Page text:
Skip to main content
Physics LibreTexts

15: Relativistic Forces and Waves

  • Page ID
  • \( \newcommand{\vecs}[1]{\overset { \scriptstyle \rightharpoonup} {\mathbf{#1}} } \) \( \newcommand{\vecd}[1]{\overset{-\!-\!\rightharpoonup}{\vphantom{a}\smash {#1}}} \)\(\newcommand{\id}{\mathrm{id}}\) \( \newcommand{\Span}{\mathrm{span}}\) \( \newcommand{\kernel}{\mathrm{null}\,}\) \( \newcommand{\range}{\mathrm{range}\,}\) \( \newcommand{\RealPart}{\mathrm{Re}}\) \( \newcommand{\ImaginaryPart}{\mathrm{Im}}\) \( \newcommand{\Argument}{\mathrm{Arg}}\) \( \newcommand{\norm}[1]{\| #1 \|}\) \( \newcommand{\inner}[2]{\langle #1, #2 \rangle}\) \( \newcommand{\Span}{\mathrm{span}}\) \(\newcommand{\id}{\mathrm{id}}\) \( \newcommand{\Span}{\mathrm{span}}\) \( \newcommand{\kernel}{\mathrm{null}\,}\) \( \newcommand{\range}{\mathrm{range}\,}\) \( \newcommand{\RealPart}{\mathrm{Re}}\) \( \newcommand{\ImaginaryPart}{\mathrm{Im}}\) \( \newcommand{\Argument}{\mathrm{Arg}}\) \( \newcommand{\norm}[1]{\| #1 \|}\) \( \newcommand{\inner}[2]{\langle #1, #2 \rangle}\) \( \newcommand{\Span}{\mathrm{span}}\)\(\newcommand{\AA}{\unicode[.8,0]{x212B}}\)

    As we’ve previously discussed in Chapter 14, you can analyze all types of collisions in special relativity without ever making a reference to the forces they exert on each other. In fact, we haven’t talked about force at all so far, and there’s a good reason for that: forces, already frequently less practical than energies in classical mechanics, become veritable nightmares in special relativity. Nonetheless, there are some questions you can only answer with reference to forces - for example, what velocity a particle will get if you exert a certain force on it for a given period of time.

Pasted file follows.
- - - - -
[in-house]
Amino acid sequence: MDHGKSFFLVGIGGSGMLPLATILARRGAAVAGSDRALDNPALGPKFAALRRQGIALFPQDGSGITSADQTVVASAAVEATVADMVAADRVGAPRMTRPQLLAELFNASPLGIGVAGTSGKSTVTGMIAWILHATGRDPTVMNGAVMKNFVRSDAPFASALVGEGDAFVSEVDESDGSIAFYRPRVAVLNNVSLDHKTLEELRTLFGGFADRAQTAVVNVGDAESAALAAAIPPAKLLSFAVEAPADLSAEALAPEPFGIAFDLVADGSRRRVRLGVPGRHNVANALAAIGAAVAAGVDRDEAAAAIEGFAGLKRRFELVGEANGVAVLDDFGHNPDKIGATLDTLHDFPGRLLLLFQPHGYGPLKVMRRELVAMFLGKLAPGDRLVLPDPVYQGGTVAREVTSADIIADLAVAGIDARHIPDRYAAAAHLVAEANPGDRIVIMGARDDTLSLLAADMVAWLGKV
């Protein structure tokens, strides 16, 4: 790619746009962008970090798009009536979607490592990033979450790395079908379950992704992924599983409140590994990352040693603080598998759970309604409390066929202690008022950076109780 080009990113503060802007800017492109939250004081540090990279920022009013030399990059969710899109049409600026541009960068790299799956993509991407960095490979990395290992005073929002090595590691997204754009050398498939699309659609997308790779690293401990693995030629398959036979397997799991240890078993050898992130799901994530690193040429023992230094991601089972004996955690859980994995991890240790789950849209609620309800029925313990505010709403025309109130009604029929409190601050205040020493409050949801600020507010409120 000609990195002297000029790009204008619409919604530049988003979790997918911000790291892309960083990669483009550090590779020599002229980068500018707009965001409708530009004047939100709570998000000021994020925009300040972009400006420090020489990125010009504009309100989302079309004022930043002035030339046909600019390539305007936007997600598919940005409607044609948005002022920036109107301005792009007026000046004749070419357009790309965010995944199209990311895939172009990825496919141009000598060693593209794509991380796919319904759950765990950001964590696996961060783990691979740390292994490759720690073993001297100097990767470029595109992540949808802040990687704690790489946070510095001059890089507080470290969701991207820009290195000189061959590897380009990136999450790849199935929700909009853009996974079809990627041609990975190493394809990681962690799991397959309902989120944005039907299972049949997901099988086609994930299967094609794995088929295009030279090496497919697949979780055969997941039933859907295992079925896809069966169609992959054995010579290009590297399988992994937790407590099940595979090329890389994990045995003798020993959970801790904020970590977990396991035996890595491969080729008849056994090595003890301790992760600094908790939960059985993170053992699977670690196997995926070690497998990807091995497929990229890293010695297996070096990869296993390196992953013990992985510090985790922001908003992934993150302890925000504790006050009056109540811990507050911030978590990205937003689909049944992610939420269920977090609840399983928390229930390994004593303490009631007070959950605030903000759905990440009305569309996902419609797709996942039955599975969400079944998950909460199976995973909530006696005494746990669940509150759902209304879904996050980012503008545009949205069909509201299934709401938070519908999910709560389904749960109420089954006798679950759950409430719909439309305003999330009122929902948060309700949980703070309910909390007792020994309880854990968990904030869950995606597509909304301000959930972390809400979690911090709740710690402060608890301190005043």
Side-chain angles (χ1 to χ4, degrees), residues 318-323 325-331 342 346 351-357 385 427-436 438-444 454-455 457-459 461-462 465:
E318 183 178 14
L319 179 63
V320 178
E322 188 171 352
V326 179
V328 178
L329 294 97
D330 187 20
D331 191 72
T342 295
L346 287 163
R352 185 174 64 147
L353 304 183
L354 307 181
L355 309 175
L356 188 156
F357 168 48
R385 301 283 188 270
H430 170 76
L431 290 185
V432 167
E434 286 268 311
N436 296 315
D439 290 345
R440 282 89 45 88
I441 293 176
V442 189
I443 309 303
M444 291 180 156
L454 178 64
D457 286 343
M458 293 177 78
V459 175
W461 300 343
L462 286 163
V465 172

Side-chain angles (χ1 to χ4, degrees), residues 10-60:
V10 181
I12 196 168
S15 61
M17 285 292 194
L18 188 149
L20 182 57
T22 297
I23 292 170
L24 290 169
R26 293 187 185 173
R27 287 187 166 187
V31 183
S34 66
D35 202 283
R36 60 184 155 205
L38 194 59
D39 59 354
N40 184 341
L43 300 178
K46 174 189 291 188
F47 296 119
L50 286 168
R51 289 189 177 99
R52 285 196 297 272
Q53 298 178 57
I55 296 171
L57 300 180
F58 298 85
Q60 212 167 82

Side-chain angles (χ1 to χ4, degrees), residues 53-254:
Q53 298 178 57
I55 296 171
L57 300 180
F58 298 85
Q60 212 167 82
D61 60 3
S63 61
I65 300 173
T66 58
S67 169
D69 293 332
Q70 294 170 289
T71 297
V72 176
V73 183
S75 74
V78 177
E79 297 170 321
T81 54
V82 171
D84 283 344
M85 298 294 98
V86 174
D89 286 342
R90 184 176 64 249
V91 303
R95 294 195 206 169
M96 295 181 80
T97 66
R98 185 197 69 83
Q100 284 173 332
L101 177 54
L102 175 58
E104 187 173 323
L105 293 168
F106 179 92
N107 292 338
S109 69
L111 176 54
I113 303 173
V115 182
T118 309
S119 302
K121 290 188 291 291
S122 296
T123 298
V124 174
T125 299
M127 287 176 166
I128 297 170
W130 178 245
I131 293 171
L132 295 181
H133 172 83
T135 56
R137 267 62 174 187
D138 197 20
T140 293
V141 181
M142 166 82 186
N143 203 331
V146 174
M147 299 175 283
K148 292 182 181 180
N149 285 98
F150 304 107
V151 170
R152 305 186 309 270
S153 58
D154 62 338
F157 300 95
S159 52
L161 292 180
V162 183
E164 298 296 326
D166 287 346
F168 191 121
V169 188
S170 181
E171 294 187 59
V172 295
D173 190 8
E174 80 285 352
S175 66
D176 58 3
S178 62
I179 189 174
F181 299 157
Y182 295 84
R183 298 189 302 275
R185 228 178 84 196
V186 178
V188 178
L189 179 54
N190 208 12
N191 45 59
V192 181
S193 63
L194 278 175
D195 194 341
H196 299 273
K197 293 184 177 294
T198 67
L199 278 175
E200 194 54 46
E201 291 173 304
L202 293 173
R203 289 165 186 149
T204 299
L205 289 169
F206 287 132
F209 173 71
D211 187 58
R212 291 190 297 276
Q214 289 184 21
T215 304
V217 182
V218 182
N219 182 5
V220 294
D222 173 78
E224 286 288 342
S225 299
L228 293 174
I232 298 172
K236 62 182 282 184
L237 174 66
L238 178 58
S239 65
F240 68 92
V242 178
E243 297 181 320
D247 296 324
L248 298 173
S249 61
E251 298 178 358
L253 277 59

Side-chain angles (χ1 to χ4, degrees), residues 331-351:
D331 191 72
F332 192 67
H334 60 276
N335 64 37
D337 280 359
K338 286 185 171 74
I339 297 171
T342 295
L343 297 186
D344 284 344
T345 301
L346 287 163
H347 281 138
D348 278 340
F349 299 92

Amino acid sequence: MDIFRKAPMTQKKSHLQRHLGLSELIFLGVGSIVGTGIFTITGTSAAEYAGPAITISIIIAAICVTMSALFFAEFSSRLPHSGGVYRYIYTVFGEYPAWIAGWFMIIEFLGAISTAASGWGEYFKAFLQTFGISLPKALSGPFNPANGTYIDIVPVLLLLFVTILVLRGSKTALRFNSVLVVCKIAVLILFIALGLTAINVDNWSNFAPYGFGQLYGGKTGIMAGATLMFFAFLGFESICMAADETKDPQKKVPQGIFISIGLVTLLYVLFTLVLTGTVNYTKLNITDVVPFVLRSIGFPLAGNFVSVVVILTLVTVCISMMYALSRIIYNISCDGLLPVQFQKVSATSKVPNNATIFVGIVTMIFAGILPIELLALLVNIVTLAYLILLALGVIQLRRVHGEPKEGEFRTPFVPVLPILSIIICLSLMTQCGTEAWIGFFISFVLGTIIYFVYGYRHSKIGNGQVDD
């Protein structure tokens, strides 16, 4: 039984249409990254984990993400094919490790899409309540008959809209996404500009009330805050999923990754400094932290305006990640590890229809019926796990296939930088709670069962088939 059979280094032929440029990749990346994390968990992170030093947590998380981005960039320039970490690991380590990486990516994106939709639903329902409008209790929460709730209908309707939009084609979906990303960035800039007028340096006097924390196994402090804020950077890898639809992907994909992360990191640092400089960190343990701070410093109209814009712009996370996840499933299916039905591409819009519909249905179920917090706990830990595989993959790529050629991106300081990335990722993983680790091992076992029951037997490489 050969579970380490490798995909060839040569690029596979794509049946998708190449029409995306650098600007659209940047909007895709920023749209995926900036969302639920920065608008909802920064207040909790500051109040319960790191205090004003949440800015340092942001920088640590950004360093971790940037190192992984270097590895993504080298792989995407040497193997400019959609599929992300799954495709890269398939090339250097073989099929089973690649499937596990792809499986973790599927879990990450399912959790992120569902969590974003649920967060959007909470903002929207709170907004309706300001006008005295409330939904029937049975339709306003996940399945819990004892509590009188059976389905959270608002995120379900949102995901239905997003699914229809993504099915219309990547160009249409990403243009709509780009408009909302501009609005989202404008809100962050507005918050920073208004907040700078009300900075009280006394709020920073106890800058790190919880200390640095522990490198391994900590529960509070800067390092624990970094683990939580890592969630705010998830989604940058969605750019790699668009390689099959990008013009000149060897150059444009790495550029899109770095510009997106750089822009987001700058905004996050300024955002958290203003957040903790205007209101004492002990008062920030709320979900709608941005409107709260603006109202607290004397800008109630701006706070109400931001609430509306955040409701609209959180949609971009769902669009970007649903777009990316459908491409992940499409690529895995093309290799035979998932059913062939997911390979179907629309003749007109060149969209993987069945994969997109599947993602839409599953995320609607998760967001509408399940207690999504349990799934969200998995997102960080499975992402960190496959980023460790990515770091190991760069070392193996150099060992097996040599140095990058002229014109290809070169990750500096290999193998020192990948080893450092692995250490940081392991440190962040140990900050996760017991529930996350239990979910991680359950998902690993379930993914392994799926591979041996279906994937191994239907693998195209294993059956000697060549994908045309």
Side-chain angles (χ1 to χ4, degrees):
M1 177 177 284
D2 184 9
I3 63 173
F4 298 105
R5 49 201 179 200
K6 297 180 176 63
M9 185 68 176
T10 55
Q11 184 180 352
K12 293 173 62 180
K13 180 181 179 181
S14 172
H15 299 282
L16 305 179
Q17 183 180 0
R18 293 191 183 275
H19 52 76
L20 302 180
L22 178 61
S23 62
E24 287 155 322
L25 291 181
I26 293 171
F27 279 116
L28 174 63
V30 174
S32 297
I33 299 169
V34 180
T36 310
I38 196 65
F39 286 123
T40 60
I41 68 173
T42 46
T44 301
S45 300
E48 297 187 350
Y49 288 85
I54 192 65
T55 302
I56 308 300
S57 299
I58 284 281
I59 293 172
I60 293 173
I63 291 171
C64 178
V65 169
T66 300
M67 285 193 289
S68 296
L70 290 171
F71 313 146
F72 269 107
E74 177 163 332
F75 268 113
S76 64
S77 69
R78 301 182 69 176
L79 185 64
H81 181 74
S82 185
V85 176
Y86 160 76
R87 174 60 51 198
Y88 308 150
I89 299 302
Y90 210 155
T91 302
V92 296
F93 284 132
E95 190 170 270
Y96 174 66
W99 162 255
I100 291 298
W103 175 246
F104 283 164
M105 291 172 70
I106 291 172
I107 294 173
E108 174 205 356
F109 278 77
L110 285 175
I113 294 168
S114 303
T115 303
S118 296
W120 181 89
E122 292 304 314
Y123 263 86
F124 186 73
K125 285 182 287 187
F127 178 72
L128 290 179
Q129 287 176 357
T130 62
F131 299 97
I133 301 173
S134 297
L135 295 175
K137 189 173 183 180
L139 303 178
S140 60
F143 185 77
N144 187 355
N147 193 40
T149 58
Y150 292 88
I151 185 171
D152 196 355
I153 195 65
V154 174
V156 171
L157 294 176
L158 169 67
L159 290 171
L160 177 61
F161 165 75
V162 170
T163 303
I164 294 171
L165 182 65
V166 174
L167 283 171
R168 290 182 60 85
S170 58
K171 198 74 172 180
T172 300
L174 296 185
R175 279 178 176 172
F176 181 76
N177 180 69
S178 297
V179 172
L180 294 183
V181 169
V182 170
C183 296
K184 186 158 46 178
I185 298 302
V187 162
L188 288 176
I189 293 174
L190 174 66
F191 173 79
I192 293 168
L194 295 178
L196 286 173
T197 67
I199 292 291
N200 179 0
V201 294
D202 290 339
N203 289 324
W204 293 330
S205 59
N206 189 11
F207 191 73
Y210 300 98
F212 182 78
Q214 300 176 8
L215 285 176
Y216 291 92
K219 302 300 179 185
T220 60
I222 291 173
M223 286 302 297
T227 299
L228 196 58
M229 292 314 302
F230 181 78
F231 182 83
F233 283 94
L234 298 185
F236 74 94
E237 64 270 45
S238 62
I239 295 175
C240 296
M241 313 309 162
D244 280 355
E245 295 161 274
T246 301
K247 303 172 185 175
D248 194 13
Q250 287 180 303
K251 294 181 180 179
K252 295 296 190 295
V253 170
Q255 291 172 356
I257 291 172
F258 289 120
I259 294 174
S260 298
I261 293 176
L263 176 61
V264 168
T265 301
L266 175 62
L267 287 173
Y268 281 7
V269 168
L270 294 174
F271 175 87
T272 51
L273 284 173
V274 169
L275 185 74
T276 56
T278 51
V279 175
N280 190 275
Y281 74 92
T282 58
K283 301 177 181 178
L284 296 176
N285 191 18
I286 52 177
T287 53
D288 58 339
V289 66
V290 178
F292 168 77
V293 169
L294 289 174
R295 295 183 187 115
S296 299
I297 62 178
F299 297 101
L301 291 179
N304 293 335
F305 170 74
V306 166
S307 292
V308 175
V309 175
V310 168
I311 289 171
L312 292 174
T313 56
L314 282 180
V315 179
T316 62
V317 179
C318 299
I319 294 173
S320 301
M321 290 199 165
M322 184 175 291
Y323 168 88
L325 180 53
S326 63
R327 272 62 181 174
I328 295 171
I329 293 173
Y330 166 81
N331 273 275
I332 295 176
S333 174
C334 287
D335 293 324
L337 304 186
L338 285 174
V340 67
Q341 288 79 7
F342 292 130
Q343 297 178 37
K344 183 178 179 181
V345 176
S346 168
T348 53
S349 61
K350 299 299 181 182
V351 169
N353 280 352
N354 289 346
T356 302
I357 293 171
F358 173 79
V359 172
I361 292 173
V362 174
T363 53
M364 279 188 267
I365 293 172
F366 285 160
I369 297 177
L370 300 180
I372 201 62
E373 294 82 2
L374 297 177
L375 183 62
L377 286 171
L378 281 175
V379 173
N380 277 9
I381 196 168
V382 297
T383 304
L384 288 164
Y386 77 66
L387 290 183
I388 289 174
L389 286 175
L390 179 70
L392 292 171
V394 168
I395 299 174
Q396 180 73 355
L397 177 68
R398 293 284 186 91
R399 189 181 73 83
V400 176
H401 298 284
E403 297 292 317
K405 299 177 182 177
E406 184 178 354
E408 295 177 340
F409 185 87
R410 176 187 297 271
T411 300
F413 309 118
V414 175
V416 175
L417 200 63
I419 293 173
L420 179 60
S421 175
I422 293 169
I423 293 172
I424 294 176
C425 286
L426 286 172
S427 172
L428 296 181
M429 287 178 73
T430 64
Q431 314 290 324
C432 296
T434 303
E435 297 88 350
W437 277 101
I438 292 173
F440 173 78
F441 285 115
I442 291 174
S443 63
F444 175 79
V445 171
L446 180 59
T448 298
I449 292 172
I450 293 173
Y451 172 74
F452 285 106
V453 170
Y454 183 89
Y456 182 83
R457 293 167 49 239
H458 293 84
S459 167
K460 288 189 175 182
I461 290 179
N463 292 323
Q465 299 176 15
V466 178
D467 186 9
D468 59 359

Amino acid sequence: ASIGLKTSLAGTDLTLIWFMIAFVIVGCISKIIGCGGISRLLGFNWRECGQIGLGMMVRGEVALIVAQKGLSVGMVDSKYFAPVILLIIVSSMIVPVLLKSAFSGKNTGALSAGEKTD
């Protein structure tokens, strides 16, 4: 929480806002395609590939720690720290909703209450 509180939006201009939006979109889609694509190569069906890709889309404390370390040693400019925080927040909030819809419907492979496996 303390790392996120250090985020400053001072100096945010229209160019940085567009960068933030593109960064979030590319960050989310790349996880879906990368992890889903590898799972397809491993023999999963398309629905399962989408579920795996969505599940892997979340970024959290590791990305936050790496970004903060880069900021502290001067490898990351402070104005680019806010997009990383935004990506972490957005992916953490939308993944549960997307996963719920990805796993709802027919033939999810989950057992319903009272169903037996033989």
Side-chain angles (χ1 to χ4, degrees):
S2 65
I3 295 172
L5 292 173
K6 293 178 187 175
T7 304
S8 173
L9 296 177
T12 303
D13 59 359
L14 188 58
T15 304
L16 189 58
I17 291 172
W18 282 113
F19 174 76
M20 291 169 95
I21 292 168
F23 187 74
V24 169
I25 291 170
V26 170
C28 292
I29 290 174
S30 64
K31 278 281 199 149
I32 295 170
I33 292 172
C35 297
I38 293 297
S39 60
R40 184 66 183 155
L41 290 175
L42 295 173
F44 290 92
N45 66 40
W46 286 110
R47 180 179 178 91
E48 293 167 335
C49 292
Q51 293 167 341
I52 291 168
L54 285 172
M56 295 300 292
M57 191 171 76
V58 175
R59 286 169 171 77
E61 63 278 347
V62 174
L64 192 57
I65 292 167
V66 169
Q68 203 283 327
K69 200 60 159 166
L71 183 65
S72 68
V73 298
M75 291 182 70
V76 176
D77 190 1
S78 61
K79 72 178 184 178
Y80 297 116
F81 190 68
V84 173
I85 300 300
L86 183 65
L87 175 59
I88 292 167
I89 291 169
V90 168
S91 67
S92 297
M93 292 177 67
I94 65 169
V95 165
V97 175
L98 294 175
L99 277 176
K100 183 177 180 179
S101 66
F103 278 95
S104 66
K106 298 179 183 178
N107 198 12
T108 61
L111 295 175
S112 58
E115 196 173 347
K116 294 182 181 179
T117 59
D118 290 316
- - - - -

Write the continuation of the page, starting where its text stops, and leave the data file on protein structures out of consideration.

• 15.1: The Force Four-Vector
      In classical mechanics, Newton’s second law relates momenta and forces, through the time derivative of the momentum. In relativity, we’ll therefore simply define the force four-vector as the derivative of the energy-momentum four-vector with respect to the proper time.
    • 15.2: The Four-Acceleration
      We can of course also define a four-vector version of the acceleration, by taking the derivative of the four-velocity with respect to the proper time. As with the forces, we’ll see that we’re in for some nasty surprises.
    • 15.3: Relativistic Waves
      We’ve seen that in special relativity, space and time are intimately coupled. There is a classical phenomenon for which this is also the case: the waves we discussed in Chapter 9.
    • 15.E: Relativistic Forces and Waves (Exercises)

    Thumbnail: Two-dimensional representation of gravitational waves generated by two neutron stars orbiting each other. (Public Domain; NASA).

    This page titled 15: Relativistic Forces and Waves is shared under a CC BY-NC-SA 4.0 license and was authored, remixed, and/or curated by Timon Idema (TU Delft Open) via source content that was edited to the style and standards of the LibreTexts platform; a detailed edit history is available upon request.